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Panhandle Pride 2019 interfaith service celebrates, reflects on community stories

By Staff | Jul 5, 2019

Community members read Rabbi Rami Shapiro’s poem, “We are Loved by an Unending Love,” on Saturday morning. Tabitha Johnston

SHEPHERDSTOWN — Shepherdstown Presbyterian Church hosted the first Celebrating Our Stories: An Interfaith Service of Celebration & Blessing for Panhandle Pride on Saturday morning.

About 75 community members attended the service, which was also participated in by several other religious organizations, including Trinity Episcopal Church, St. Peter’s Lutheran Church, St. Agnes Catholic Church, Shepherdstown Friends Meeting, New Street United Methodist Church, New Light Metropolitan Community Church, Christ Reformed United Church of Christ and Candle and Crow Community: A Social Pagan Meetup Group.

“Whoever you are, whoever you love, you’re welcome here,” said SPC Director of Spiritual Formation and Campus Ministry Ethel Hornbeck. “It is said that the distance between two people is a story, so we will have three people tell their stories, about how their lives have been changed.

The event, which was scheduled to precede the beginning of the town’s celebration, featured community members praying and reciting Rabbi Rami Shapiro’s “We are Loved by an Unending Love” and slats’ poem, “Rainbow.” Terry Tucker performed “Somewhere Over the Rainbow” on the lap harp, which she also used to accompany the singing of “Turn the World Around” and “Rain Down.”

“This morning, let us sing this song, especially if anyone has ever told you you are anything less than beautiful,” said Than Hitt, before he and Mary Anne Hitt played the guitar and sang “How Could Anyone” for the audience.

Community members exit Shepherdstown Presbyterian Church after the conclusion of the Panhandle Pride 2019 interfaith service. Tabitha Johnston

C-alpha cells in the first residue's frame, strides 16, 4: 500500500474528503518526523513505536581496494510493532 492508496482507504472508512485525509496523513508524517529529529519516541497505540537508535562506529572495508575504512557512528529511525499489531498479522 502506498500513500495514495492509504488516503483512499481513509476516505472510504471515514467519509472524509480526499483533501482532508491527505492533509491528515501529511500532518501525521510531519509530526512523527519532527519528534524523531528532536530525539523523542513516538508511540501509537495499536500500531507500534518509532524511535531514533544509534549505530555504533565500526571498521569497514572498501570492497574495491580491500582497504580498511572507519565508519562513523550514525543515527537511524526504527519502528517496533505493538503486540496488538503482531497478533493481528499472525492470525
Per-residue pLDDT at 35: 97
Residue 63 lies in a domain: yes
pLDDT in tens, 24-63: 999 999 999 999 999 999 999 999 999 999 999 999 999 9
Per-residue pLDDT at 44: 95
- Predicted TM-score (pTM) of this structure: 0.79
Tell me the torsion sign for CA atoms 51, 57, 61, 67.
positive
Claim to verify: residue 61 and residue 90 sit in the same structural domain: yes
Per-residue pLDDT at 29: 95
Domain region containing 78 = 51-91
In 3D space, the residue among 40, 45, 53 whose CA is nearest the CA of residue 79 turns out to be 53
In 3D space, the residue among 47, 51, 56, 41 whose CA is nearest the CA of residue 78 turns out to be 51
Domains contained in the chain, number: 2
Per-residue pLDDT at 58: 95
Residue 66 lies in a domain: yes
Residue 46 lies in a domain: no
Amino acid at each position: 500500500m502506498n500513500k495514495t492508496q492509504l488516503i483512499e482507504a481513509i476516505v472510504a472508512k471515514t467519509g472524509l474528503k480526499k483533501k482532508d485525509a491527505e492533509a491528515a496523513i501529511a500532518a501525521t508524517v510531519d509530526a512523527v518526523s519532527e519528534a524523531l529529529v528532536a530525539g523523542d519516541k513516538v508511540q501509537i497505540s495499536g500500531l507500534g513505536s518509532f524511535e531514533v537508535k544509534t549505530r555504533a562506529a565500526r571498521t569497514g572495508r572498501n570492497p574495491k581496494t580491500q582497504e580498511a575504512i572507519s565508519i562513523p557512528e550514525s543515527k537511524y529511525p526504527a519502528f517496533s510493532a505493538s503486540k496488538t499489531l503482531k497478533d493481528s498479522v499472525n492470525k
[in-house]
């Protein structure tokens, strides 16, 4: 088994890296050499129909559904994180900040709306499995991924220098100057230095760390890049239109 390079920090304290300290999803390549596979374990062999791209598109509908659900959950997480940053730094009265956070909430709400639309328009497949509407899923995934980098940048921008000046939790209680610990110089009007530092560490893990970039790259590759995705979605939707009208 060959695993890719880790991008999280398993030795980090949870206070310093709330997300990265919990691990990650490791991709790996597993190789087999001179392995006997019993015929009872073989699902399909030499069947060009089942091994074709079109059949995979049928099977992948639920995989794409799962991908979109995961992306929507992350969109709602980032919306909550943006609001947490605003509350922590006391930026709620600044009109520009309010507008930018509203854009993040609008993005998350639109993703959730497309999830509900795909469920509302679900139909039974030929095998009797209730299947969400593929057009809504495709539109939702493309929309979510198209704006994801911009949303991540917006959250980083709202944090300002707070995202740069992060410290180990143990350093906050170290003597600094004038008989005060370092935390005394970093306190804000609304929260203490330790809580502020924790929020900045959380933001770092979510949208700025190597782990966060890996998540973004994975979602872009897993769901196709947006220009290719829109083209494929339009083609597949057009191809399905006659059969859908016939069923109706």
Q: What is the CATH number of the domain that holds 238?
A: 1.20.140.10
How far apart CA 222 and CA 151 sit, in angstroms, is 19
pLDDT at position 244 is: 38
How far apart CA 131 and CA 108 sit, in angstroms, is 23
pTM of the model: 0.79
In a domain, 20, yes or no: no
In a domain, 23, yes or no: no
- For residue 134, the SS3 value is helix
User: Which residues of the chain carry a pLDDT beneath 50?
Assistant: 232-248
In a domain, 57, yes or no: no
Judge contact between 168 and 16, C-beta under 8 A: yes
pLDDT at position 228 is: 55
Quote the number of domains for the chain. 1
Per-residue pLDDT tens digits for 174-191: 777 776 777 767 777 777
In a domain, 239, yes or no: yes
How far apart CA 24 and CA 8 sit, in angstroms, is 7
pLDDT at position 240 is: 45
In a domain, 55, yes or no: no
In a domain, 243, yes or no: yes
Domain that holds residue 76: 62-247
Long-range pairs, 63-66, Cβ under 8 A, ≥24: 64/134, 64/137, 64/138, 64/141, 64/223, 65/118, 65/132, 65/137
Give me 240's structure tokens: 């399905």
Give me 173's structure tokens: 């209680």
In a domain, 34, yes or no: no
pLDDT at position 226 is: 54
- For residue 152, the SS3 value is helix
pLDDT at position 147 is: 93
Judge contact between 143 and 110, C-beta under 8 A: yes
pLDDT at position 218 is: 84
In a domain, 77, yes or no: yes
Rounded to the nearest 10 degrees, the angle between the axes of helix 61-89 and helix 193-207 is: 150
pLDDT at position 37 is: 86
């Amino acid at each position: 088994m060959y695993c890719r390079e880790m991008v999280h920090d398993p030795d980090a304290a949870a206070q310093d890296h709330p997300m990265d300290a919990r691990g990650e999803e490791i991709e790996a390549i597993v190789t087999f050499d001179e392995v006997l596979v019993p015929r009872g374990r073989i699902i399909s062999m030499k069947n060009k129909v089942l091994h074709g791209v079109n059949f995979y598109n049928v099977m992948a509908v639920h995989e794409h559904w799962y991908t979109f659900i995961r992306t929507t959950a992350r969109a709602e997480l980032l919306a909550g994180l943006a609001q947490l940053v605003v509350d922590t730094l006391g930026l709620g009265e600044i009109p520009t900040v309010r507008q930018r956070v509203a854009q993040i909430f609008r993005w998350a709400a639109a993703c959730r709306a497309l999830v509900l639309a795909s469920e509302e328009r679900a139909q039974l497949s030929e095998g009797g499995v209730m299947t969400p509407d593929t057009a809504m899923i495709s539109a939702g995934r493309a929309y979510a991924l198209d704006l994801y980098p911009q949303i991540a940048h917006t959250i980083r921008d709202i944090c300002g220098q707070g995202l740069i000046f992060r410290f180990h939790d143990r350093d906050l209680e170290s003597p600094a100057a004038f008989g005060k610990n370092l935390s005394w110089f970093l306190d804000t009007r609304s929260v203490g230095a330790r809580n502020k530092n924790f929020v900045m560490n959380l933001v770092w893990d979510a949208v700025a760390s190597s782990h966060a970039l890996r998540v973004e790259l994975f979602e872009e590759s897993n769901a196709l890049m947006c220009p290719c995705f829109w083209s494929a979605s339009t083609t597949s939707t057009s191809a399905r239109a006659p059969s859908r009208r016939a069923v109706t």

Towards the end of the program, three Shepherdstown residents — Season Jones, Chris Morehouse and Chris Thatcher — took turns telling their stories to the audience.

“What is one thing that we all want, that we all need — that doesn’t depend upon race, gender or sexual identity? Love,” Jones said.

“Imagine telling that child that ‘no one loves you?’ I was given that message from my stepmom, from the age of four to 11,” Jones said, mentioning that treatment affected Jones for many years to come. “I struggled with my sexuality throughout my 30s.”

While Jones’ struggle was challenging, Thatcher’s journey included multiple suicide attempts.

“At the age of 12, I planned my first attempt at suicide. That was the first of four actualized attempts. My family only knows about the last two — both ending in hospitalizations,” Thatcher said, crying. “I didn’t want to die alone, so I got into therapy. One horrible, long, painful year. I would sit in my car, afraid of going into the grocery store. Five months on hormone transition therapy.

“I had been married here, and felt it was a safe place,” Thatcher said, referring to SPC. “When I came here at the end of that year, I wasn’t just welcomed, I was celebrated.”

For Morehouse, attending the service was an emotional experience.

“Thank you all for being here — it is beautiful. It’s so beautiful, it makes me want to cry,” Morehouse said. “Turn the world around, go in peace and happy Pride!”